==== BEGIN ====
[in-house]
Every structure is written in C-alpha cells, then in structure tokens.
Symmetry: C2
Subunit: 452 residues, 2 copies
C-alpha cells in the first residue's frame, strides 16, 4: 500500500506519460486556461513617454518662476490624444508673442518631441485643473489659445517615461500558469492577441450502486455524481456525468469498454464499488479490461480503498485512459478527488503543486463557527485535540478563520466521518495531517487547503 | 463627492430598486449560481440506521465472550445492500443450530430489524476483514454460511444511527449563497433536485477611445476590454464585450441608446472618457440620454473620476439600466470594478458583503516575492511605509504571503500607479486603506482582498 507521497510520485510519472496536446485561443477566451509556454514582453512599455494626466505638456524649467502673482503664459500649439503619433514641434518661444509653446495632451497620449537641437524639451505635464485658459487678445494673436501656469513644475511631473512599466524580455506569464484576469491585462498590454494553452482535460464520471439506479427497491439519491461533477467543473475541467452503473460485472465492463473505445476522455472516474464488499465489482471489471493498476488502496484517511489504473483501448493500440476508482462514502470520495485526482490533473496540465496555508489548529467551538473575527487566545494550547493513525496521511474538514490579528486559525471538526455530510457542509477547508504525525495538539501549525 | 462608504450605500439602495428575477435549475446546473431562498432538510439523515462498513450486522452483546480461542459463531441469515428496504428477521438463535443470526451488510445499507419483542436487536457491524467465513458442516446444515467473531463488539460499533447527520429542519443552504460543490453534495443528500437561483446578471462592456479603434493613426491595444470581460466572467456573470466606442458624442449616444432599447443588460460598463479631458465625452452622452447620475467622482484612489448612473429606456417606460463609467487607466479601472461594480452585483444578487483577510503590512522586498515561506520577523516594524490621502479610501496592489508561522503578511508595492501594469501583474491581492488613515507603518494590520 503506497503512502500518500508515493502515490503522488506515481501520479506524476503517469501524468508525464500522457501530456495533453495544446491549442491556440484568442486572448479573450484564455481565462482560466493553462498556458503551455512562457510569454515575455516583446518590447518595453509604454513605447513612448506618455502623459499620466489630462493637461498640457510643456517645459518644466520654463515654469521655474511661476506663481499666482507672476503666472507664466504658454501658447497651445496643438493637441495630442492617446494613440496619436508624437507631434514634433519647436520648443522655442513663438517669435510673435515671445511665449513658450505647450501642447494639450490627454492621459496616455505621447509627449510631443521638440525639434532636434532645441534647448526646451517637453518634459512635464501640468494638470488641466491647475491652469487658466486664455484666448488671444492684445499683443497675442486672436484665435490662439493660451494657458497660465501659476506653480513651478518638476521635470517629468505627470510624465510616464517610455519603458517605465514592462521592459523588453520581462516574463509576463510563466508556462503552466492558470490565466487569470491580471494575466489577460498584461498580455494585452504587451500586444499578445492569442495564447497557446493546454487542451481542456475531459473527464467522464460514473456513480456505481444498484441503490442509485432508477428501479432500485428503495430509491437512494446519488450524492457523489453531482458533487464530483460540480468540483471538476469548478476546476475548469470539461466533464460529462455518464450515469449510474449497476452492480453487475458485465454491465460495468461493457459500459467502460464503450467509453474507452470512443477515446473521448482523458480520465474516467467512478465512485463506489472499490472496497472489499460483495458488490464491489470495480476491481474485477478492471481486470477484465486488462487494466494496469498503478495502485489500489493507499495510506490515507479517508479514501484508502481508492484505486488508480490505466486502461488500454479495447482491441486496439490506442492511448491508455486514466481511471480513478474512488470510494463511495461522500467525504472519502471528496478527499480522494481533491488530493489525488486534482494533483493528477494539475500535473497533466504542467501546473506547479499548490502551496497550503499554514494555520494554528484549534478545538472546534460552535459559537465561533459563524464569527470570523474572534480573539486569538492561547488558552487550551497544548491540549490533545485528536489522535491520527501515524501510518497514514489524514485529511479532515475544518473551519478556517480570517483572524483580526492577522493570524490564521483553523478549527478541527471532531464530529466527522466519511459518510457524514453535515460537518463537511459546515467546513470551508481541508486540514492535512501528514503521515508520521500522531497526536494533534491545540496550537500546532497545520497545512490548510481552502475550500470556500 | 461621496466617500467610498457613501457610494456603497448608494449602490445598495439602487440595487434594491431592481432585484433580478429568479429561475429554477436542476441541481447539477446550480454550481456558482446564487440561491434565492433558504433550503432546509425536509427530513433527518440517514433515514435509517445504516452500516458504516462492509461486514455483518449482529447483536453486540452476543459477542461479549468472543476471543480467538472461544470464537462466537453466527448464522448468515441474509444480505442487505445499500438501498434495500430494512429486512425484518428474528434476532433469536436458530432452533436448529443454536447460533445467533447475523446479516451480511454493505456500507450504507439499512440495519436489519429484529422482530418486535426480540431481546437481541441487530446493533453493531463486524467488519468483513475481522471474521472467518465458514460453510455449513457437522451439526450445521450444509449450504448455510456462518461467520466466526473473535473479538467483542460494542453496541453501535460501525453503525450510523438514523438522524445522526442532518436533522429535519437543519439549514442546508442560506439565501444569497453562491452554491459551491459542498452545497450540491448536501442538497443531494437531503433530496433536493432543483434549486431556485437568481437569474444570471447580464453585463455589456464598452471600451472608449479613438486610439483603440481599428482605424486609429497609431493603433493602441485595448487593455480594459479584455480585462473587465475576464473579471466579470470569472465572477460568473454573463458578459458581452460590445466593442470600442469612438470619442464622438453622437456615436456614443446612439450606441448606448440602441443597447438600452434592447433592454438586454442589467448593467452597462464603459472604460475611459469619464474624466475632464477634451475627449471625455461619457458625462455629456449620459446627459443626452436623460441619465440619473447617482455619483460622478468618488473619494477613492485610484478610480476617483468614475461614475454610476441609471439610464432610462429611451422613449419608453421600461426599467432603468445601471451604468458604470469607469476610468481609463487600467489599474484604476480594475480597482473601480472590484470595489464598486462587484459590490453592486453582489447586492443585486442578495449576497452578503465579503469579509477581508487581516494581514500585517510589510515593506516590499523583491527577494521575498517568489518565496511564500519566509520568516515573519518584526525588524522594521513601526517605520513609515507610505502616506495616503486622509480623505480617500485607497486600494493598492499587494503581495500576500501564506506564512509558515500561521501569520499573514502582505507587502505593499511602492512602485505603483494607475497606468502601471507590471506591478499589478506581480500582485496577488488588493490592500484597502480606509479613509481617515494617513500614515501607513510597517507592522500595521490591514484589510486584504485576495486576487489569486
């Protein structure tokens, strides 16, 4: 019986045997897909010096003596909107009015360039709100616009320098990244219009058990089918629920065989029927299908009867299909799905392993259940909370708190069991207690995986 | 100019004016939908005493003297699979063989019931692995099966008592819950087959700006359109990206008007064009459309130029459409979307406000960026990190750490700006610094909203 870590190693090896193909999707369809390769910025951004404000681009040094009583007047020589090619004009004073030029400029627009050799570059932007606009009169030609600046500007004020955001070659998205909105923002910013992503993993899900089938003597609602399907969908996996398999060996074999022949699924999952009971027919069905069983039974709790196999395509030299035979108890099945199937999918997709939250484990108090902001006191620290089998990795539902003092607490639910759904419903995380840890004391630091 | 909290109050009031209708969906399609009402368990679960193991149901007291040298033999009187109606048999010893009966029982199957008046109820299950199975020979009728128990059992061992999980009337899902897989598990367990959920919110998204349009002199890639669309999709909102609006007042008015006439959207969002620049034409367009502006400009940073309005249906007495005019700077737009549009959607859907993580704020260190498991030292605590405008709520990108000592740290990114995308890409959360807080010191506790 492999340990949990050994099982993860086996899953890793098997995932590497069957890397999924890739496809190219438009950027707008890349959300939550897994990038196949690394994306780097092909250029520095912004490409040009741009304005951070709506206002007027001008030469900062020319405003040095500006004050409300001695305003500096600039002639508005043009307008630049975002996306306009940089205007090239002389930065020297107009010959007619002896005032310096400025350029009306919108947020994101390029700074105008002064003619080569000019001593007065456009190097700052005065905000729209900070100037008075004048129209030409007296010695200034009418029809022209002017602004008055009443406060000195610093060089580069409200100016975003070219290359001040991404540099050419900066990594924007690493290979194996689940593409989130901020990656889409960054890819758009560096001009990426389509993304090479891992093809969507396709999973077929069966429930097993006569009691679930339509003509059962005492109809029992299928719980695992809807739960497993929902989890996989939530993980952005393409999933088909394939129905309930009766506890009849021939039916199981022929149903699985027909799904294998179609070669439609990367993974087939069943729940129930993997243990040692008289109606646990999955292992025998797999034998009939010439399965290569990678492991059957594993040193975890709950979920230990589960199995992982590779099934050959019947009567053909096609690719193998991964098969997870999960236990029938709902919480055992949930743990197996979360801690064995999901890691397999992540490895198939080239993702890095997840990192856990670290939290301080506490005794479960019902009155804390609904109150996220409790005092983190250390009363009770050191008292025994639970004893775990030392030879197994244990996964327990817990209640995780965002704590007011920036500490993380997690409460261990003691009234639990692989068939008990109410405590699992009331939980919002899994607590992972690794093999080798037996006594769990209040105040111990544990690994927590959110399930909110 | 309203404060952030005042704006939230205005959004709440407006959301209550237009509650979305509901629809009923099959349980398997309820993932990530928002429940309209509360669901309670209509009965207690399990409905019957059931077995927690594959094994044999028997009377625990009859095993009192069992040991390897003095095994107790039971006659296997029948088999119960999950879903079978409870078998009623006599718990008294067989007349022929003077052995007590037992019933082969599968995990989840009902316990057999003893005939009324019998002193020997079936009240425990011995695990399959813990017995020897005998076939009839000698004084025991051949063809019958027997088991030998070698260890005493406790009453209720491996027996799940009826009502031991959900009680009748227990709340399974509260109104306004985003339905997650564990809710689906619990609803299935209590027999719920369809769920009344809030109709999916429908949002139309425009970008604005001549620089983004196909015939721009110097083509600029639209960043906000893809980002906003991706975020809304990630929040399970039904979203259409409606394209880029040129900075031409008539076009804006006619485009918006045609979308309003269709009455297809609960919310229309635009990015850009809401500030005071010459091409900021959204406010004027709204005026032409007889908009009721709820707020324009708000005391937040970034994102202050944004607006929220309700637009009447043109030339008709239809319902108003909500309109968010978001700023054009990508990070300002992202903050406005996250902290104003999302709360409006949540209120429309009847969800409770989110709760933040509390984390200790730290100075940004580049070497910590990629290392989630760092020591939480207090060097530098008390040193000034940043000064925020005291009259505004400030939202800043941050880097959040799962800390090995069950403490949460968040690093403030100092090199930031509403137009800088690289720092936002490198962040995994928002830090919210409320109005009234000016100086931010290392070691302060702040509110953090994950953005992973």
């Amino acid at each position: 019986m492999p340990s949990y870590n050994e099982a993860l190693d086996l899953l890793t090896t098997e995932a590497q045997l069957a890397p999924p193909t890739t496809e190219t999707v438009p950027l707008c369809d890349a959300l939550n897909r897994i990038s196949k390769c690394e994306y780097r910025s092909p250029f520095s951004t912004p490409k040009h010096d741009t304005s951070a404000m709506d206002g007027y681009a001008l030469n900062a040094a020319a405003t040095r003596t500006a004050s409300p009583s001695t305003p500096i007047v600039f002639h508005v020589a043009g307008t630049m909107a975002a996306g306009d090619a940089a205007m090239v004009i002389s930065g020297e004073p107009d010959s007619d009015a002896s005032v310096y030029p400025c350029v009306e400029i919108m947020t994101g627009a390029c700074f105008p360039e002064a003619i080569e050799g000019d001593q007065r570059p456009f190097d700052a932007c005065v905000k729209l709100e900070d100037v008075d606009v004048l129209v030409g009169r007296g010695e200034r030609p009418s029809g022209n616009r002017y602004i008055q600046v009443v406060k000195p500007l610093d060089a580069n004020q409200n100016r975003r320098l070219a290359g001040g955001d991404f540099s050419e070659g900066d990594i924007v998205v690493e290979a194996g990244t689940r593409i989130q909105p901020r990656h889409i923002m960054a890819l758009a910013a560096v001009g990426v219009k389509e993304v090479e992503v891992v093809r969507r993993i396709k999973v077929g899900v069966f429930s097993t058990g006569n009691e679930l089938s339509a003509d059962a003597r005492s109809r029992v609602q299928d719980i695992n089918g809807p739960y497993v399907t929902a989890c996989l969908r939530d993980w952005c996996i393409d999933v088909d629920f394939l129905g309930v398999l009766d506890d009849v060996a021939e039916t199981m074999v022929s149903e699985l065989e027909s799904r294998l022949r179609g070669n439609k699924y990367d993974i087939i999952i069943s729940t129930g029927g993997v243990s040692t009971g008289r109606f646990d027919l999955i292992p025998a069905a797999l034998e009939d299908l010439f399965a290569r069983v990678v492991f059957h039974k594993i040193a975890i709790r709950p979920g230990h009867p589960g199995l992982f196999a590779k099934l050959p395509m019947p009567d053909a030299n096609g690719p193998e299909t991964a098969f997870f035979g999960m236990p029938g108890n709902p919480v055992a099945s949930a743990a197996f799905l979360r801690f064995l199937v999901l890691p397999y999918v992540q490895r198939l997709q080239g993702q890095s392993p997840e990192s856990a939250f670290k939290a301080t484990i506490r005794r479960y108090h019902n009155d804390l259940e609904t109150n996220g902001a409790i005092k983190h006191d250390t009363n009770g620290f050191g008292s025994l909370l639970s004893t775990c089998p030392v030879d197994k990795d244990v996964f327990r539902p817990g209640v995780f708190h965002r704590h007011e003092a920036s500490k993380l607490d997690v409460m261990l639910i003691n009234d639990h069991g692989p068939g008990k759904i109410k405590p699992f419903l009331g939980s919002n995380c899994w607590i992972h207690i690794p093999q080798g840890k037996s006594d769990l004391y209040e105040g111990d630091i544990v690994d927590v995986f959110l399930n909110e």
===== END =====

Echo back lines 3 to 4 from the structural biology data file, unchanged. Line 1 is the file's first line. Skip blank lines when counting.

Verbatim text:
Symmetry: C2
Subunit: 452 residues, 2 copies